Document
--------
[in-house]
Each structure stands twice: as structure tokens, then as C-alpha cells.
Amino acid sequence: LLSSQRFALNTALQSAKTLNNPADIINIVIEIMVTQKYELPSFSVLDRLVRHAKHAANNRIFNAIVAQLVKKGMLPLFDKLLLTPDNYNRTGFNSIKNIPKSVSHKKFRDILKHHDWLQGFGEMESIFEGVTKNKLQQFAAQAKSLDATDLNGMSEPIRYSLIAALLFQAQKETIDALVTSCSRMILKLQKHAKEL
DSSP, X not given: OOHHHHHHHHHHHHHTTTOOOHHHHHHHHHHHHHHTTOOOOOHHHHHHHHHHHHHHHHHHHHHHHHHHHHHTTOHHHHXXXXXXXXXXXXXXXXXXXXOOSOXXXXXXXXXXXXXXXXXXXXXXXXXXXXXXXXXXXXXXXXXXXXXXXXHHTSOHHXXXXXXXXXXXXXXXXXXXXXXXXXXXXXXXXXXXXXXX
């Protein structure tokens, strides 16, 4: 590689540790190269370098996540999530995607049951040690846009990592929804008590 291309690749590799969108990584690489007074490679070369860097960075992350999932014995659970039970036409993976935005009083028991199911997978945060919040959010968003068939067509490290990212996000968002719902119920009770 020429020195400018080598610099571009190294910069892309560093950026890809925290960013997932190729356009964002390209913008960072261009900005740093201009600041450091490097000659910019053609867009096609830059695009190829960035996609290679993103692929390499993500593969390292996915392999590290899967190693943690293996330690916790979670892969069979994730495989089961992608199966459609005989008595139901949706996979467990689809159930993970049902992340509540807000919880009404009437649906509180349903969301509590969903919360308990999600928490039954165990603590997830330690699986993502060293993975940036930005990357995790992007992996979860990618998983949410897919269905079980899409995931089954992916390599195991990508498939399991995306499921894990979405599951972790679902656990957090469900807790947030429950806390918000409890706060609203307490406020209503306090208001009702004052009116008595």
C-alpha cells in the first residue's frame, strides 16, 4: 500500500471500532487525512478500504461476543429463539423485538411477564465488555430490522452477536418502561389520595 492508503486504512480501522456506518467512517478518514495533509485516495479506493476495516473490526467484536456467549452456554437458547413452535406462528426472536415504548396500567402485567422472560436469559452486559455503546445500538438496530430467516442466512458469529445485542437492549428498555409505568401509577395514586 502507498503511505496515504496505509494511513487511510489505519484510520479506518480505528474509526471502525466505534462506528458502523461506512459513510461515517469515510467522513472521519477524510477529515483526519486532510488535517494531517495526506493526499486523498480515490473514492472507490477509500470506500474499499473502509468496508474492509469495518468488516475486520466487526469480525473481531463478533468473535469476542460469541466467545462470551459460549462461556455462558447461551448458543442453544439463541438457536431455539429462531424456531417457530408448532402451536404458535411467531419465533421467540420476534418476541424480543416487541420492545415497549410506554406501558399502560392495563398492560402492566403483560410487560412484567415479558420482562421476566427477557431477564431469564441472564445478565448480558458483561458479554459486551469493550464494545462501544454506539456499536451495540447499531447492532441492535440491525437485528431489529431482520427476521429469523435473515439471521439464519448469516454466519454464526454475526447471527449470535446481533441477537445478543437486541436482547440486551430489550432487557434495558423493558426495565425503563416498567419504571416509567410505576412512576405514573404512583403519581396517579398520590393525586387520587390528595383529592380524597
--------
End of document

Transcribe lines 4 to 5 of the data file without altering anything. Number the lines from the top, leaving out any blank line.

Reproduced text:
DSSP, X not given: OOHHHHHHHHHHHHHTTTOOOHHHHHHHHHHHHHHTTOOOOOHHHHHHHHHHHHHHHHHHHHHHHHHHHHHTTOHHHHXXXXXXXXXXXXXXXXXXXXOOSOXXXXXXXXXXXXXXXXXXXXXXXXXXXXXXXXXXXXXXXXXXXXXXXXHHTSOHHXXXXXXXXXXXXXXXXXXXXXXXXXXXXXXXXXXXXXXX
């Protein structure tokens, strides 16, 4: 590689540790190269370098996540999530995607049951040690846009990592929804008590 291309690749590799969108990584690489007074490679070369860097960075992350999932014995659970039970036409993976935005009083028991199911997978945060919040959010968003068939067509490290990212996000968002719902119920009770 020429020195400018080598610099571009190294910069892309560093950026890809925290960013997932190729356009964002390209913008960072261009900005740093201009600041450091490097000659910019053609867009096609830059695009190829960035996609290679993103692929390499993500593969390292996915392999590290899967190693943690293996330690916790979670892969069979994730495989089961992608199966459609005989008595139901949706996979467990689809159930993970049902992340509540807000919880009404009437649906509180349903969301509590969903919360308990999600928490039954165990603590997830330690699986993502060293993975940036930005990357995790992007992996979860990618998983949410897919269905079980899409995931089954992916390599195991990508498939399991995306499921894990979405599951972790679902656990957090469900807790947030429950806390918000409890706060609203307490406020209503306090208001009702004052009116008595």